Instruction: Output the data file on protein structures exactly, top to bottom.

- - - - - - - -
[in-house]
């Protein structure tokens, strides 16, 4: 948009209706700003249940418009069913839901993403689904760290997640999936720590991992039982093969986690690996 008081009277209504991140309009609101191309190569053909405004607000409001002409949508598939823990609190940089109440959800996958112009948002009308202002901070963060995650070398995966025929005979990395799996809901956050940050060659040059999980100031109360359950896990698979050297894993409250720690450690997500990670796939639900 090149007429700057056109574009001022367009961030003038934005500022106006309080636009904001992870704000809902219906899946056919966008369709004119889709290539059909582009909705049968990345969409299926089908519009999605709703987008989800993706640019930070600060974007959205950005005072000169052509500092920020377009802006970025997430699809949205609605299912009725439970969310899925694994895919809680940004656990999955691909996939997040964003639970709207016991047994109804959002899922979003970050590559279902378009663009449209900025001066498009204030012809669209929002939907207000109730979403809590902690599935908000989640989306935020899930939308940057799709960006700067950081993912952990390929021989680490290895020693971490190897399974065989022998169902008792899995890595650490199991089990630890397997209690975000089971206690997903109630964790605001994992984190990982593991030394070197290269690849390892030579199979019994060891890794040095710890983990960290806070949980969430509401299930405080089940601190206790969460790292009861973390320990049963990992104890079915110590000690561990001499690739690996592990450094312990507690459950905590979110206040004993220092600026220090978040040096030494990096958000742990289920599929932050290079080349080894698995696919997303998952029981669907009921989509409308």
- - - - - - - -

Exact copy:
[in-house]
């Protein structure tokens, strides 16, 4: 948009209706700003249940418009069913839901993403689904760290997640999936720590991992039982093969986690690996 008081009277209504991140309009609101191309190569053909405004607000409001002409949508598939823990609190940089109440959800996958112009948002009308202002901070963060995650070398995966025929005979990395799996809901956050940050060659040059999980100031109360359950896990698979050297894993409250720690450690997500990670796939639900 090149007429700057056109574009001022367009961030003038934005500022106006309080636009904001992870704000809902219906899946056919966008369709004119889709290539059909582009909705049968990345969409299926089908519009999605709703987008989800993706640019930070600060974007959205950005005072000169052509500092920020377009802006970025997430699809949205609605299912009725439970969310899925694994895919809680940004656990999955691909996939997040964003639970709207016991047994109804959002899922979003970050590559279902378009663009449209900025001066498009204030012809669209929002939907207000109730979403809590902690599935908000989640989306935020899930939308940057799709960006700067950081993912952990390929021989680490290895020693971490190897399974065989022998169902008792899995890595650490199991089990630890397997209690975000089971206690997903109630964790605001994992984190990982593991030394070197290269690849390892030579199979019994060891890794040095710890983990960290806070949980969430509401299930405080089940601190206790969460790292009861973390320990049963990992104890079915110590000690561990001499690739690996592990450094312990507690459950905590979110206040004993220092600026220090978040040096030494990096958000742990289920599929932050290079080349080894698995696919997303998952029981669907009921989509409308």